Nobody could have foreseen the talents required to succeed in today’s economy fifty years ago. Most changes were totally unexpected. For instance, the increase of rigorous quantitative skills in the financial, advertising and healthcare services. Moreover, the rapidly collapsing distinctions hard and soft skills was unpredictable. Punit Renjen, CEO of Deloitte Global, believes that a new generation of job skills has the potential to be even more unpredictable. The new generation requires talent champions, or leaders, who are aware of the impending skills mismatch and implementing solutions. Top business executives are taking note of this, trying to better understand identifying, attracting, and developing the best employees tomorrow’s workplace.
In the “Success Defined in the Fourth Industrial Revolution” research from Deloitte, 55% of C-suite executives believe that the skill sets currently in demand and those that will be necessary in the future are excessively mismatched. Furthermore, 46% of them believe they are unaware of the abilities that will be in demand in the future. The major cause of concern with the skill gap is the importance of technological development in the upcoming years. 44% of executives polled claimed that it is difficult to prepare employees for the near-term changes in the nature of work because of their lack of technological fluency.
There is a real and developing skill gap. To make things worse, a lot of corporate leaders disagree that it is their responsibility to support employees in acquiring the necessary skills. Instead, according to 80% of business leaders, it is up to individuals, the government, and the educational system to create the skills needed by workers in the future. Then, there are “talent champions”. This particular group of leaders approaches worker preparation in a more proactive manner. According to the study, talent champions feel greater obligation than their colleagues to train their staff in cutting-edge skill sets (51% versus 41%). These leaders display a few crucial qualities:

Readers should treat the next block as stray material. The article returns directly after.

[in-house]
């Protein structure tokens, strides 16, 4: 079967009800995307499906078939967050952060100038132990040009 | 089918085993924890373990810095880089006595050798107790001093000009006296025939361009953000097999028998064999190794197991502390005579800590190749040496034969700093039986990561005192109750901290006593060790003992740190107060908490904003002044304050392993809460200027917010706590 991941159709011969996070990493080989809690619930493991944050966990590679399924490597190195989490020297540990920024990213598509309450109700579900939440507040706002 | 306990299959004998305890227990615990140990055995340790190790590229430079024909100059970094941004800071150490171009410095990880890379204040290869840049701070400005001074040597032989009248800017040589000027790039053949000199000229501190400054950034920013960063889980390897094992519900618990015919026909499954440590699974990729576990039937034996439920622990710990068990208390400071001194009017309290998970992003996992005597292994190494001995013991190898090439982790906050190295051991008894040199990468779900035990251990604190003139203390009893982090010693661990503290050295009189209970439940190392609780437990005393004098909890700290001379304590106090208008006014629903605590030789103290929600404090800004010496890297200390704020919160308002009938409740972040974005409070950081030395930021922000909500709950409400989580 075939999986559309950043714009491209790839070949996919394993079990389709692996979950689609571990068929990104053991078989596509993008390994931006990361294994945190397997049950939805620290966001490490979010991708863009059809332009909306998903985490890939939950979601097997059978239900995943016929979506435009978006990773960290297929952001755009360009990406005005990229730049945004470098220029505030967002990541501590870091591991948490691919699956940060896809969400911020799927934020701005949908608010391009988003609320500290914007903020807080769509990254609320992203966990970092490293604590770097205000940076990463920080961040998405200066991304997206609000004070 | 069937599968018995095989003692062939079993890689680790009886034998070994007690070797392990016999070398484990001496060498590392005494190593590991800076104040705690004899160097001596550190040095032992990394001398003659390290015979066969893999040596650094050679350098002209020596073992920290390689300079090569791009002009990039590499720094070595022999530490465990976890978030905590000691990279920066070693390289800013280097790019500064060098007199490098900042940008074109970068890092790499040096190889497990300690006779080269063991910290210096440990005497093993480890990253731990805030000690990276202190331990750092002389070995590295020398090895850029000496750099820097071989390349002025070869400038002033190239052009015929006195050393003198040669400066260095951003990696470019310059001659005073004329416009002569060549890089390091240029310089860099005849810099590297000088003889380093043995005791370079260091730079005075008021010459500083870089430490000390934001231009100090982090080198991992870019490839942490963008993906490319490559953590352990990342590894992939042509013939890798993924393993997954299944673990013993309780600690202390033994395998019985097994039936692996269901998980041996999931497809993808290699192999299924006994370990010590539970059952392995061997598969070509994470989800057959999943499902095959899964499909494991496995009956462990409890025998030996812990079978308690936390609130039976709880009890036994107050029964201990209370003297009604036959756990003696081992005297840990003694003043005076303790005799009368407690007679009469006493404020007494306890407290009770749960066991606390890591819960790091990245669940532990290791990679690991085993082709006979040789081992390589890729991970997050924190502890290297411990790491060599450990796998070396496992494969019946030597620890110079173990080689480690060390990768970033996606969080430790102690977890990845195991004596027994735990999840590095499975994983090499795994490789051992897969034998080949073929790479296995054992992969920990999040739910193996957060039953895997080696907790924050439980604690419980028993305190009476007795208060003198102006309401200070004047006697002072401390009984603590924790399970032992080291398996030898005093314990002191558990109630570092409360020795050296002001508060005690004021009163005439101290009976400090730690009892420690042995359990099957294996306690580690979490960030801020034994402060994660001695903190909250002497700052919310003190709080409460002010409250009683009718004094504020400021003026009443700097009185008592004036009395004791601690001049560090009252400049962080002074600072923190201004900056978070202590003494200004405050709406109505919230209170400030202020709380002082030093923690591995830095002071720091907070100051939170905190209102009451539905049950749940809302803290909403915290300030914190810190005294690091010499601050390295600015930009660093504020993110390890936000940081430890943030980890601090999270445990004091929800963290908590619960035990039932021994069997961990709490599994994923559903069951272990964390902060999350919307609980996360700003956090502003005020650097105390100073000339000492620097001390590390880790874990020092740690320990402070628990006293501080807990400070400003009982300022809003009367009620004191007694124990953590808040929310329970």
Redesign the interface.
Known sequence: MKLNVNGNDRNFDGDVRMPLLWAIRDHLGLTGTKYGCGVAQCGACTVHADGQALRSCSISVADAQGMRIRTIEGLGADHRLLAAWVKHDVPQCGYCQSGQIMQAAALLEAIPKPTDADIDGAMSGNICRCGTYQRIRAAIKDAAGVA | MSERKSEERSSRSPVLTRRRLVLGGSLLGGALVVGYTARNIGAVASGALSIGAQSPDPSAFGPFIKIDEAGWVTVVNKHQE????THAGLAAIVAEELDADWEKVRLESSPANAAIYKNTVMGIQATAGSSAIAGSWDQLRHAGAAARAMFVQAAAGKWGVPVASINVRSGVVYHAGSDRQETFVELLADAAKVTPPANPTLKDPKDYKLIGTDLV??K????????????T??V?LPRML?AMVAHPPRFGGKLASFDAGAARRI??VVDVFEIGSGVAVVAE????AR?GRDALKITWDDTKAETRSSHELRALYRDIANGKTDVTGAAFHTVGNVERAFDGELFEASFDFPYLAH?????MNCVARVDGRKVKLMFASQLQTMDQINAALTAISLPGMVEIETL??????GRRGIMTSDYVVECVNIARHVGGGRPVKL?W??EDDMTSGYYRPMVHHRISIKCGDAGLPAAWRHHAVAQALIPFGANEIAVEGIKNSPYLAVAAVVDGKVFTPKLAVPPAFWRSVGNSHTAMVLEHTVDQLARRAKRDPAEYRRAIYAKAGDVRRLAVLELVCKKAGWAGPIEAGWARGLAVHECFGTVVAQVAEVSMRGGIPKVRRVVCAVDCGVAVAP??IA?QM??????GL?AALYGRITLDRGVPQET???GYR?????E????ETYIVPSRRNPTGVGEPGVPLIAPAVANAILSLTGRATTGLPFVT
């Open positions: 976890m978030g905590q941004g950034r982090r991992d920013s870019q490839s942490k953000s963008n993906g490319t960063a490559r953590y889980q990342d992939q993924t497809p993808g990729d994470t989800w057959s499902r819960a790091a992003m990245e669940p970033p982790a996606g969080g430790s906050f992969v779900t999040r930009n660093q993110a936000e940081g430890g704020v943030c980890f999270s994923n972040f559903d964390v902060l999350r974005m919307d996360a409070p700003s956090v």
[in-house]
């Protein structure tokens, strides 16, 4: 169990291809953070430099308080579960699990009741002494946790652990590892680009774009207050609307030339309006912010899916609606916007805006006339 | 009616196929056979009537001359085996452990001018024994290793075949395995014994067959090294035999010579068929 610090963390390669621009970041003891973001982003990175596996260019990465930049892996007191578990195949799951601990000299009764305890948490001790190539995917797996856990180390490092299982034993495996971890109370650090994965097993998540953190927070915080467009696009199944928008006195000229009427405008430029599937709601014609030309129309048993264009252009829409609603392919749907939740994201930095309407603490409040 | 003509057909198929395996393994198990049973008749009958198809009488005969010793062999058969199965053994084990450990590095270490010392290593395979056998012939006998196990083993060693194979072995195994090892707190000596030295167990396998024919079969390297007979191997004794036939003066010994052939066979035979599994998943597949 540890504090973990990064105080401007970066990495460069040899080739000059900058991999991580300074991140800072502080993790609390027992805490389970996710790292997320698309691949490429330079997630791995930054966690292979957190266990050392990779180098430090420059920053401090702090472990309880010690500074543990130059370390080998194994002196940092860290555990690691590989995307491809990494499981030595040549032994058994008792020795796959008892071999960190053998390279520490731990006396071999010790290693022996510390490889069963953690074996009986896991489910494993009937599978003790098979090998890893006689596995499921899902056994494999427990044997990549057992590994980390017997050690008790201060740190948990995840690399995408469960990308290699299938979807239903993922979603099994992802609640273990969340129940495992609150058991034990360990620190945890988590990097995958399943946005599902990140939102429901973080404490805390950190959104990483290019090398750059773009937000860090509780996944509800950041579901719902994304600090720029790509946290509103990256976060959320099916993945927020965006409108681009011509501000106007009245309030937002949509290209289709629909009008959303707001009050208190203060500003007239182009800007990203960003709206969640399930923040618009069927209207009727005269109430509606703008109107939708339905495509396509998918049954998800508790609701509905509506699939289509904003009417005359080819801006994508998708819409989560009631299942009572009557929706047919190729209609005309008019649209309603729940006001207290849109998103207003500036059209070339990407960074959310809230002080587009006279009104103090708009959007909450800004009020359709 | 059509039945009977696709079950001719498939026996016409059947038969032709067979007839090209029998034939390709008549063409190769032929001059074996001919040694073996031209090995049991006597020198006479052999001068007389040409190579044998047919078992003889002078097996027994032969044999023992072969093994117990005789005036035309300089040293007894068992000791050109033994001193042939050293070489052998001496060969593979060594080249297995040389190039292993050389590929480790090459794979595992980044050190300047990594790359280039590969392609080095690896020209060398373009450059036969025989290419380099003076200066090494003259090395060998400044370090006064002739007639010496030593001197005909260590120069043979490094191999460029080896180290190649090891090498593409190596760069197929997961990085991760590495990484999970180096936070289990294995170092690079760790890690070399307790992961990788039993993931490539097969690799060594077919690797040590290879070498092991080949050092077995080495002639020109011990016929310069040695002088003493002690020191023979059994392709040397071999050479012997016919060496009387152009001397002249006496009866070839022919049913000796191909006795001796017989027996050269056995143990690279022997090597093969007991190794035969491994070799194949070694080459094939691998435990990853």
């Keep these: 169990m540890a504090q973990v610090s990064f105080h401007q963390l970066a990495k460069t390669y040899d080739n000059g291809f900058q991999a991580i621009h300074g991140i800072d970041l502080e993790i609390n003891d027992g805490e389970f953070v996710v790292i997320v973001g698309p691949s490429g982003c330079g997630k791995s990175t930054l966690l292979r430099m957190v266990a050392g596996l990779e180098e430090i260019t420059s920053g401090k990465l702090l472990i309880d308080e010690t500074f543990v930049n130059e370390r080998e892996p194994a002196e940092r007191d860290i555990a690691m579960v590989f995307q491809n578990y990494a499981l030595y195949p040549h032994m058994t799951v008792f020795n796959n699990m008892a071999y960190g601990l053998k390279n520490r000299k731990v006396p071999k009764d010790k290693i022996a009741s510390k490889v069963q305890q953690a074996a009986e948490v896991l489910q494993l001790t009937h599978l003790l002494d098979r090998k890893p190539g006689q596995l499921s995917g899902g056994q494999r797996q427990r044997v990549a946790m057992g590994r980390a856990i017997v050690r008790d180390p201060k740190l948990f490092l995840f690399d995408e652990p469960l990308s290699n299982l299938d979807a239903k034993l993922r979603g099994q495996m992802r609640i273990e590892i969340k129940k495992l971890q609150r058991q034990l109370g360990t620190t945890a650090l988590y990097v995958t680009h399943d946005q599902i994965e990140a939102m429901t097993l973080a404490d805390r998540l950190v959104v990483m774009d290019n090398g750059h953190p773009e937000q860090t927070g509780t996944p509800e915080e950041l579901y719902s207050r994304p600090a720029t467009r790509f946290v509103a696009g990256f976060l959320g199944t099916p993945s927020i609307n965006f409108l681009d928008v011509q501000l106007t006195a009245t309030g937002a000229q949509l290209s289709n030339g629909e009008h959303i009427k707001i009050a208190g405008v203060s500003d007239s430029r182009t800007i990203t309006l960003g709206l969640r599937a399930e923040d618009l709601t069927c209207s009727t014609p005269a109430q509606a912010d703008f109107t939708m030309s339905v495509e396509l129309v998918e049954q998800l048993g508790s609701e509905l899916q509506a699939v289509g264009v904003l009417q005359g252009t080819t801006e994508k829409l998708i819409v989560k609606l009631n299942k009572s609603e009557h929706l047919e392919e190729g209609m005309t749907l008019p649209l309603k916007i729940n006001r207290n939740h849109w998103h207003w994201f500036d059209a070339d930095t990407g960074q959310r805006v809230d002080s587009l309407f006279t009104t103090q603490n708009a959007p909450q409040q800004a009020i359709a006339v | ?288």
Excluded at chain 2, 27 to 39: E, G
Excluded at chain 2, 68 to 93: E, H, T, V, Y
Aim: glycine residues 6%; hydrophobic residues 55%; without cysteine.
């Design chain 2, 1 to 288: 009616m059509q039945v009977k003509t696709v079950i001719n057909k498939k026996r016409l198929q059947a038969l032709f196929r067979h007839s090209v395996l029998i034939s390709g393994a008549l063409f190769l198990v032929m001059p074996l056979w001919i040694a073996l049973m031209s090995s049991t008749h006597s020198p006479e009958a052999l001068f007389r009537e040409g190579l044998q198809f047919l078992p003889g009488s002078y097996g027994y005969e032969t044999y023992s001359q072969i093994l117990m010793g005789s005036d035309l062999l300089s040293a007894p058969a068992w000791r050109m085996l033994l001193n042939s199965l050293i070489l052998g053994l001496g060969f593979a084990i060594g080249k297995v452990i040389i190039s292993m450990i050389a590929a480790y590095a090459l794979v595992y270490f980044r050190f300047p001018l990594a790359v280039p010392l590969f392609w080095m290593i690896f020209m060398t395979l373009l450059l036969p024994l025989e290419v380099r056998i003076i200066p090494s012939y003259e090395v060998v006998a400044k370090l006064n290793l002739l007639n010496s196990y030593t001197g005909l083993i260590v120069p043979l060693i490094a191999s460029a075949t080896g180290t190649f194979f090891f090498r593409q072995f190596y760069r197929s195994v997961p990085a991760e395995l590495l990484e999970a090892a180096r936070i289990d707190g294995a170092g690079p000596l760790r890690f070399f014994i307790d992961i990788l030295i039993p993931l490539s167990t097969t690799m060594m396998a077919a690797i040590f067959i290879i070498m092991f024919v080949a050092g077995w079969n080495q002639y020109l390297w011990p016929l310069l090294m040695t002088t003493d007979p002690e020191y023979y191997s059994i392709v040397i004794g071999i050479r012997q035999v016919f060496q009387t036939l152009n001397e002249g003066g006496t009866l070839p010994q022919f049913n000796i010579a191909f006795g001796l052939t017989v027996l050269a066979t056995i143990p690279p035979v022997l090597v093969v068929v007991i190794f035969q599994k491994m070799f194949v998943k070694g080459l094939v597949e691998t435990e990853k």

- Talent champions are more interested in how socially responsible business practices can drive revenues, with 64 percent of them reporting that they have been able to do so.
- Talent champions are also more likely to invest in disruptive technology (42 percent versus 32 percent) and are committed to using those technologies in an ethical manner (44 percent versus 28 percent). That balance between social responsibility with corporate objectives is critical to retain younger employees.
Developing employees for tomorrow’s workplace requires:
- The best workforce of the future requires strategic planning.
- Prioritise training your workers on cutting-edge methods and technology, especially those that will be used in your company or industry.
- Recognise both the priorities and aspirations of this generation and the one after it.
- Consider the talents that your staff will require not just tomorrow but also in the upcoming years and decades. It might spell the difference between a business succeeding or failing in the workplace of the future.
Renjen added, “The Fourth Industrial Revolution will undoubtedly alter the way we view talent. Organisations that successfully and profitably manage these shifts will need to identify talent champions. They’ll be the ones driving the discussion about capabilities and potential and developing a supportive and competitive business culture”.
In the end, it all boils down to culture. Develop a supportive and sustained culture of performance to attain success. CPC will provide expertise on the actions that must be taken to deliver a culture that produces desired performance outcomes. Give us a call.